It would seem remarkably clear that animal husbandry is an agricultural pursuit and that feeding, housing, and caring for horses is an activity customarily conducted on farm premises and an activity generally recognized as an agricultural pursuit. This being the case, perhaps the Board considered that if the owner and operator of farm premises fed, housed, and cared for horses belonging to someone else for a fee, that this circumstance would change the activity from operation of farm premises to the operation of a "hortel" giving the operation a commercial rather than agricultural connotation. We recognize that in the case of Bob White Packing Company v. Hardy, Ky., 340 S.W.2d 245, (1960), the Court of Appeals decided that it was not just the nature of the work which the employee was doing at the time of the injury that determined coverage, but that the whole character of the employment should be considered in determining whether a person was employed in agriculture. In that case the employer operated a slaughter house and meat packing company and incidental to that business operated a farm for the keeping and feeding of cattle until slaughtering time.

We have also considered the case of Barres v. Waterson [Watterson] Hotel Company, *47 196 Ky. 100, 244 S.W. 308 (1922), where the Court in the domestic servant exemption, found that a maid working at a large hotel was not engaged in domestic employment, but industrial employment, even though the actual tasks which she performed were similar to those performed by a domestic servant in a private home.

We think the distinction between those cases and the case at bar is that the packing house business and the hotel business are both well recognized as being commercial and industrial enterprises even though both to some extent utilize agricultural products. However, the "hortel" has not been generally recognized as being a separate and distinct commercial enterprise. While some people may make reference to the race horse "industry", the definition of agriculture set out in the statute specifically includes the raising of livestock for racing purposes. The "raising" of race horses obviously includes feeding, housing, and caring for brood mares. It would be an illogical and impermissibly narrow distinction to say that raising race horses is agriculture, but that once they are "raised", (presumably from foal to racing age) their feeding, housing, and care rendered on farm premises becomes a commercial operation.

Neither can this Court find any logical basis for making a distinction based on the ownership of the horses involved. The activity of feeding, housing, and caring for the horses is exactly the same whether the horse is owned by the operator of the farm premises or someone else. The normal routine of farm operation is not changed simply because the farm operator cares for brood mares owned by others in addition to caring for his own brood mares.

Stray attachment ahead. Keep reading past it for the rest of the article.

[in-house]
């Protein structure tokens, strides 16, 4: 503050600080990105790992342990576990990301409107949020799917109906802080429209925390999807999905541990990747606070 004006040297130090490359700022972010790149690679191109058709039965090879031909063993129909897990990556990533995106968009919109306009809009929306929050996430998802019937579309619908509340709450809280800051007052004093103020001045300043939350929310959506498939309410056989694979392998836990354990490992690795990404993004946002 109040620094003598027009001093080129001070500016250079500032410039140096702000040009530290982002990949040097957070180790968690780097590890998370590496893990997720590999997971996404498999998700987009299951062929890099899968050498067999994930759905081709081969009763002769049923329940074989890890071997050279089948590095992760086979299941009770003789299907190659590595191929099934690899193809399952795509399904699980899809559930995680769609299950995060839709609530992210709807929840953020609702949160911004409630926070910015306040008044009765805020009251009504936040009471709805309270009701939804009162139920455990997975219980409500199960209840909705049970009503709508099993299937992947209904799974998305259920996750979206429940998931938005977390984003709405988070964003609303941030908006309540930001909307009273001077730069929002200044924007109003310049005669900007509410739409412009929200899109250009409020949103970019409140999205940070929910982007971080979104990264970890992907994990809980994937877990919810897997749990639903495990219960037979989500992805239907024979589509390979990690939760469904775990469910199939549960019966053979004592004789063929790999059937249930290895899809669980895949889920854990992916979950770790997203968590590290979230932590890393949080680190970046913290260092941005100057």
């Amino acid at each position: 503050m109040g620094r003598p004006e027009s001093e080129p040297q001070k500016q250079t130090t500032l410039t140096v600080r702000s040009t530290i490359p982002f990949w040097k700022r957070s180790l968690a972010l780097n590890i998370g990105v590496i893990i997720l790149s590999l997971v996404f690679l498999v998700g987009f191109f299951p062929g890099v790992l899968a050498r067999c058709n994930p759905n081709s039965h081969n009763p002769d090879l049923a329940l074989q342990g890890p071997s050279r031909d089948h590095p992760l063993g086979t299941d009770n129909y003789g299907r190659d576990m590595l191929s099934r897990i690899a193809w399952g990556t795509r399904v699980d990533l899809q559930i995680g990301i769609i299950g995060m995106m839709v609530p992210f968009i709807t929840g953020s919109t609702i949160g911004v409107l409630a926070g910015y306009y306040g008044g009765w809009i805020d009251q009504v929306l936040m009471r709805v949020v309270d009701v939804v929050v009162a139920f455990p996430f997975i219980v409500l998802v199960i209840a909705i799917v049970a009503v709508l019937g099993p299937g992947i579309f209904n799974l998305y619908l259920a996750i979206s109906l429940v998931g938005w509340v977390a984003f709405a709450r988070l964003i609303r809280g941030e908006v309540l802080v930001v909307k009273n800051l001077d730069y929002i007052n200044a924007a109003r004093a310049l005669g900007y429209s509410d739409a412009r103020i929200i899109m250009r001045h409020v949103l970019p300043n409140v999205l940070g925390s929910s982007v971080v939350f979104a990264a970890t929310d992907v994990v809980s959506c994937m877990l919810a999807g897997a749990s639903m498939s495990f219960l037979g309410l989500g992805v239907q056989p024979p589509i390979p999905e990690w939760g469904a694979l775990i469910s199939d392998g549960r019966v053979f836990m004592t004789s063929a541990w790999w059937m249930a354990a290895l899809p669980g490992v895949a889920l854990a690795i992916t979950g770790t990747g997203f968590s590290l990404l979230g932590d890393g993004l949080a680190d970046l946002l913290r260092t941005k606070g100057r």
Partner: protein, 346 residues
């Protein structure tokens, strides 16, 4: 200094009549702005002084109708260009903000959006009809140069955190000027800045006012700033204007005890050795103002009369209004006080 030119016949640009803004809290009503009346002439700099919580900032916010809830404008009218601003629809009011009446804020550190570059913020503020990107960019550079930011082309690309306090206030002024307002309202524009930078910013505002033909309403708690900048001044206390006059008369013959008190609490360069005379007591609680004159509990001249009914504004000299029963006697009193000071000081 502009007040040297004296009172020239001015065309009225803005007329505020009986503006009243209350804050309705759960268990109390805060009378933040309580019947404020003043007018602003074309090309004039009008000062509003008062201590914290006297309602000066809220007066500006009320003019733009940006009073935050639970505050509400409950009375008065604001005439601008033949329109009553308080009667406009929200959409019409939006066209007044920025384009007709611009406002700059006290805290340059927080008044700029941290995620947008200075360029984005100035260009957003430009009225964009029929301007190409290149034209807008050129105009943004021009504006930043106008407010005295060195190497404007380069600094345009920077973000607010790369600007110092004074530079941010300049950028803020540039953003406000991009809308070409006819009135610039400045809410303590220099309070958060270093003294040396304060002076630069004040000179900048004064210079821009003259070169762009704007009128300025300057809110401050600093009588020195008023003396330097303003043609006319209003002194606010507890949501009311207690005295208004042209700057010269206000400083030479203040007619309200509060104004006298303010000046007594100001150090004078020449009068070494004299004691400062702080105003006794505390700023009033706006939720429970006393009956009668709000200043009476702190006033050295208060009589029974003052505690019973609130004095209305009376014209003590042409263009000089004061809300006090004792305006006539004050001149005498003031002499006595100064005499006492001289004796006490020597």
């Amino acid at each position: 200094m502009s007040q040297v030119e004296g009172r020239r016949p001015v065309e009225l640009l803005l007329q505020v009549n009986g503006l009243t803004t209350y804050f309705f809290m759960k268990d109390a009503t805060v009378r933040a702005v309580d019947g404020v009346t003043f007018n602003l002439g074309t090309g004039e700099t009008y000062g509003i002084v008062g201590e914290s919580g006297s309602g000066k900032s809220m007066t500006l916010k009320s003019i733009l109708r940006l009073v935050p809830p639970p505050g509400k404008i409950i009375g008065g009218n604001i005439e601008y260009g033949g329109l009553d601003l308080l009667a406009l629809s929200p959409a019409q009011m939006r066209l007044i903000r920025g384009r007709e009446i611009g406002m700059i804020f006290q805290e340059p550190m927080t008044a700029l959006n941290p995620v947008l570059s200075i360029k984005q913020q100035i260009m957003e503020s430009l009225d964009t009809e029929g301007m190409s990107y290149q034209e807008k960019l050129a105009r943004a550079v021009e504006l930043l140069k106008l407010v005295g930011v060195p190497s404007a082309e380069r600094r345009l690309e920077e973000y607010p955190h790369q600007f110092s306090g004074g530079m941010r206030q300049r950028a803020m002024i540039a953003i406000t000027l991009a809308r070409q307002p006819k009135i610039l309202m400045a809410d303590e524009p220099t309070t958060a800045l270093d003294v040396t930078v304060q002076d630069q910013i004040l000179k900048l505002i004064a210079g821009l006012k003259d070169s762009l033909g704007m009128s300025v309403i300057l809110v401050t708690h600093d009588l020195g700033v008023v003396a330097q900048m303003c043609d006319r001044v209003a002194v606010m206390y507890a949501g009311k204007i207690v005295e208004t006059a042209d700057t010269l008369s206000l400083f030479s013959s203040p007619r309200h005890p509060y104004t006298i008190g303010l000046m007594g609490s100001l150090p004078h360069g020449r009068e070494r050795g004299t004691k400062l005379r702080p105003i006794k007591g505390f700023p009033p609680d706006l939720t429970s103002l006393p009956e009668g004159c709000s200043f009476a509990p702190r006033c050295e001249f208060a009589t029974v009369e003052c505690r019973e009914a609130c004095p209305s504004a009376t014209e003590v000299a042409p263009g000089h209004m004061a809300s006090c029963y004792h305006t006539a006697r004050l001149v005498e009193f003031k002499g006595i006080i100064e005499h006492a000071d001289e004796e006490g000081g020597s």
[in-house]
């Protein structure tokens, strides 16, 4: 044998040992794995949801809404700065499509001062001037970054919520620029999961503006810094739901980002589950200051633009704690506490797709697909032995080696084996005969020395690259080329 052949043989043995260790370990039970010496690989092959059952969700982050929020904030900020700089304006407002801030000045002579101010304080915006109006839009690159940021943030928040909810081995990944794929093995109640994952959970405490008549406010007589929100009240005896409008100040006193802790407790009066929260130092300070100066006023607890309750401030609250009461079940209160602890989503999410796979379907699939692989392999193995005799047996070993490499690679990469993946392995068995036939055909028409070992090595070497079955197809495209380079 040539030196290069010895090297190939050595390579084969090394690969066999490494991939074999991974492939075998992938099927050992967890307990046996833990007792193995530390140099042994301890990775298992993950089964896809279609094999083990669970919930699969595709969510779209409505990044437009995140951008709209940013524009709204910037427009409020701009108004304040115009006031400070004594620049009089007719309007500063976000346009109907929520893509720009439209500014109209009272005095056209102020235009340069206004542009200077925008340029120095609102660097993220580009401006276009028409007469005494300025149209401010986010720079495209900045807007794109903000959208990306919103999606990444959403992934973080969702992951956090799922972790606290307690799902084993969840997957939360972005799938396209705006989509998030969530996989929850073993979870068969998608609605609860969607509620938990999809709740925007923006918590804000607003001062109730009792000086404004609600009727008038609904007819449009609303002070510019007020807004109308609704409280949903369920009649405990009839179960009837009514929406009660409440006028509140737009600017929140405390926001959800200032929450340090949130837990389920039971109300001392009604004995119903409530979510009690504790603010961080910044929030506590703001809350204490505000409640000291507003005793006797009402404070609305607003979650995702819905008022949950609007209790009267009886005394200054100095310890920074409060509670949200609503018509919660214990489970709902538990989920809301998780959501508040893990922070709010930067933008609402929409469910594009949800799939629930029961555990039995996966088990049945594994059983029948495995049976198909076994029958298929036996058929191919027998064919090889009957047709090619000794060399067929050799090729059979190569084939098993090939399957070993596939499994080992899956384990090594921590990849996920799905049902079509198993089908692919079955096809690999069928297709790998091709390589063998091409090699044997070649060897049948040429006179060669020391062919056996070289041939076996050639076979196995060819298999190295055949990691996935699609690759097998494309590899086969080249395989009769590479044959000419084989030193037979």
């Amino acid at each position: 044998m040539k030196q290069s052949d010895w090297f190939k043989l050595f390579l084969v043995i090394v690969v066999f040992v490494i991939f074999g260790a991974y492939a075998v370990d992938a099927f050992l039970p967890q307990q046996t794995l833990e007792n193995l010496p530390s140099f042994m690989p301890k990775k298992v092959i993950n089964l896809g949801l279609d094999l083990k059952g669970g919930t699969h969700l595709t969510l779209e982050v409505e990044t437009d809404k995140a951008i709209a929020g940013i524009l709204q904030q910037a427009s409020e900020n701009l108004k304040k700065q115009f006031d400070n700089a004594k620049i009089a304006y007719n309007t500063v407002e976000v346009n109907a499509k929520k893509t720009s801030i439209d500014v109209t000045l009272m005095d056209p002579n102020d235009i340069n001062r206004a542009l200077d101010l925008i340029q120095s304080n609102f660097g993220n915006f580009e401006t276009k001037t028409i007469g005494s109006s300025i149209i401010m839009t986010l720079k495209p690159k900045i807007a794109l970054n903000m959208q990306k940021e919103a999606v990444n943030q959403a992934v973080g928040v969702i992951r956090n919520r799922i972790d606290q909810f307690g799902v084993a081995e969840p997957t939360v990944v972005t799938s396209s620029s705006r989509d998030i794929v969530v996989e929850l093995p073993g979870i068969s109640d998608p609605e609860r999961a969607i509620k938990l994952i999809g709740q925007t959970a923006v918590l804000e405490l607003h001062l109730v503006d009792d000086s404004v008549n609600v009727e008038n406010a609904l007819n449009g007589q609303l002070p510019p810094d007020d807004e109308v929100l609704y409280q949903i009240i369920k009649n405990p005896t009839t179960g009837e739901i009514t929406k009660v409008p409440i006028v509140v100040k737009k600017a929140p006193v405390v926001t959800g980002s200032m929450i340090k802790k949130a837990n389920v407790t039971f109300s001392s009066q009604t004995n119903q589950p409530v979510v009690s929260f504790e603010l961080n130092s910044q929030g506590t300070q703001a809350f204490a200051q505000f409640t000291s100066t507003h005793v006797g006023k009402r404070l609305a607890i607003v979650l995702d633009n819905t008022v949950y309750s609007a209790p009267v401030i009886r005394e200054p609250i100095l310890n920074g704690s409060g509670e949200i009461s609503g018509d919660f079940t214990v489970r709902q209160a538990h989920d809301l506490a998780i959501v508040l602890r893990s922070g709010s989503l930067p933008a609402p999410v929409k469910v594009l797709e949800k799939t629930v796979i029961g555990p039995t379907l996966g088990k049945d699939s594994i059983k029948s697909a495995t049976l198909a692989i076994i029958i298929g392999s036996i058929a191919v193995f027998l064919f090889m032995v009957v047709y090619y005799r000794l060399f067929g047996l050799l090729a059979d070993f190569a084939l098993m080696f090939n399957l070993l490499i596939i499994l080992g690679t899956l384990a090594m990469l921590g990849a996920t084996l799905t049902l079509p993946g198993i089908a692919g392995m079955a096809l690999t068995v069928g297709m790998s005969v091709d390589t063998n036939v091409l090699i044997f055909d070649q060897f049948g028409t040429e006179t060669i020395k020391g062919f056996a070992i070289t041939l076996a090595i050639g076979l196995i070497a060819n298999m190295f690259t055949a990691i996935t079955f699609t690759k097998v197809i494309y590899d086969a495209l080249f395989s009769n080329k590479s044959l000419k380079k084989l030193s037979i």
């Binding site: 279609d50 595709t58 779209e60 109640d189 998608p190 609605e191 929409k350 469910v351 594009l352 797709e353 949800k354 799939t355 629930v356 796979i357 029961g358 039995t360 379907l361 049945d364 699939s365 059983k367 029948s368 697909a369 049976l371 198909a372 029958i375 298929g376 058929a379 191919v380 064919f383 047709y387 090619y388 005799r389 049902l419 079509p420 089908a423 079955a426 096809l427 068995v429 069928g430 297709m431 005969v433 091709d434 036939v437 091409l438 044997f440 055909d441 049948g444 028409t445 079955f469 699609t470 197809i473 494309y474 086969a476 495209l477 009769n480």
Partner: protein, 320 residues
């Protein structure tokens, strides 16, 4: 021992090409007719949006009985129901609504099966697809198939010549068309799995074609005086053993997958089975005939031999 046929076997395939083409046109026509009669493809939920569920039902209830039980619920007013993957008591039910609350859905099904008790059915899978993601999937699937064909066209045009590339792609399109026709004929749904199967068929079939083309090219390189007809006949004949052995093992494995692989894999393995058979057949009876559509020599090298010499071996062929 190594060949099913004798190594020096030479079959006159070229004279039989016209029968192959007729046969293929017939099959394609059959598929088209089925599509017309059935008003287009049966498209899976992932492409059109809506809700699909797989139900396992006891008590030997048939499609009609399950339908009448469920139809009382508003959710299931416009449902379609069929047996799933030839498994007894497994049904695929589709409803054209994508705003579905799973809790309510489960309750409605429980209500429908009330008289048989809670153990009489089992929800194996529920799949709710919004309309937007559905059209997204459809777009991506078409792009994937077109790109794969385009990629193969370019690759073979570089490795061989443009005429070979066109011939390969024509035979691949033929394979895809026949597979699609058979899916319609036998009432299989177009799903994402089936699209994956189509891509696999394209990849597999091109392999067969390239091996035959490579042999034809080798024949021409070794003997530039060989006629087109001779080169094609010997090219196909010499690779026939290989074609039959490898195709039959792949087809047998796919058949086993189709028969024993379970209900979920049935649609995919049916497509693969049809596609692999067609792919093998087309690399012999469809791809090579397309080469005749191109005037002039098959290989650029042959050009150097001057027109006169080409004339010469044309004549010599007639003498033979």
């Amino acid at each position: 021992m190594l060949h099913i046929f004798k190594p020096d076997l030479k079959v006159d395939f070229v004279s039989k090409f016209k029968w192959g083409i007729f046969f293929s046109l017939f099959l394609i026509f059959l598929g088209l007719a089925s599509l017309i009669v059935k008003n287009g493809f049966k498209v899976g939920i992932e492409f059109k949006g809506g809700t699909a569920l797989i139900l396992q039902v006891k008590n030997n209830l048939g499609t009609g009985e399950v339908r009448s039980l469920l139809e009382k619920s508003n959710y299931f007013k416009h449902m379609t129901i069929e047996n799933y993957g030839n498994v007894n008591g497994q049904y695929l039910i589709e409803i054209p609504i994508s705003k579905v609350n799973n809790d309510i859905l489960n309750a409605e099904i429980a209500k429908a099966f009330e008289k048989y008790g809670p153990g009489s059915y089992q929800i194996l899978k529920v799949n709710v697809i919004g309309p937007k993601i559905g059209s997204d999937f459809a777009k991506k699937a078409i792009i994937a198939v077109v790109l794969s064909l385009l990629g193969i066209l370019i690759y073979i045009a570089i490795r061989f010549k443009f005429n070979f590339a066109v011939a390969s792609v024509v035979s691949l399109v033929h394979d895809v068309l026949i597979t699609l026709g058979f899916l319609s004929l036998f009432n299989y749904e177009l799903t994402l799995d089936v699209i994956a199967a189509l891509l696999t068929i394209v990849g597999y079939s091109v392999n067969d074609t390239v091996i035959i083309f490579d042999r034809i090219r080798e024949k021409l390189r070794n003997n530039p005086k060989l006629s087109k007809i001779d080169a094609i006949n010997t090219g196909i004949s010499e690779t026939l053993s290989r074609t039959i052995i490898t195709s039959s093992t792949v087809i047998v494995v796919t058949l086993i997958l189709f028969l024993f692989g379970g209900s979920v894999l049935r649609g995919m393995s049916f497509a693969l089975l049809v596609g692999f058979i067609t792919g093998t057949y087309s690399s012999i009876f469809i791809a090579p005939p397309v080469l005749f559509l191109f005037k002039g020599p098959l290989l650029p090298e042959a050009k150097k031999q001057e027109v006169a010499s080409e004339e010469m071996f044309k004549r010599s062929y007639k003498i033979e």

Counsel for respondent argues that a "liberal" construction of the statute would authorize the holding of the Board. KRS 342.004 provides that the Act be liberally construed on questions of law, as distinguished from evidence. This requirement is not peculiar to the Workmen Compensation Statute. KRS 446.080(1) requires that all statutes of this state be liberally construed with a view to promote their objects and to carry out the intent of the legislature.

Respondent cites Dick v. International Harvester Company, Ky., 310 S.W.2d 514 (1958) which holds that any doubt as to the scope and application of workmen compensation laws must be resolved in favor of the workman or his dependents. However, the problem with this case is that the plain language of the statute leaves no room for doubt. Where the intention of the legislature is so apparent on the face of a statute that there can be no question as to its meaning there is no room for construction, liberal or otherwise. See Gilbert v. Greene, 185 Ky. 817, 216 S.W. 105 (1919).

While we must keep in mind the humane and beneficent purpose of workmen compensation laws, we must also keep in mind the duty of the Court to construe the law so as to do justice both to employer and employee. The rule of liberal construction does not mean disregard for statute or its repeal under the guise of construction. Kentucky Cardinal Coal Corporation v. Delph, 296 Ky. 295, 176 S.W.2d 886 (1943).

Counsel for respondent stated at the initial hearing before the Board Hearing Officer that it was his intention to persuade the Board to declare race horse farms covered by the Act. We believe this is a matter to be addressed to the legislature and not the Board or the Courts. As a practical matter most of the large race horse farms have come under the Act voluntarily. For the Courts to declare that boarding horses is covered by the Act would impose an unexpected hardship, primarily upon persons operating smaller farms, who have had no legislative notice nor opportunity to obtain insurance coverage. See Robinson v. Lytle, 276 Ky. 397, 124 S.W.2d 78 (1938).

It is the opinion of this Court that this case should be remanded back to the Board with Directions to dismiss the case against the Petitioner, Crestfield Farm, Inc.

The judgment is affirmed.

All concur.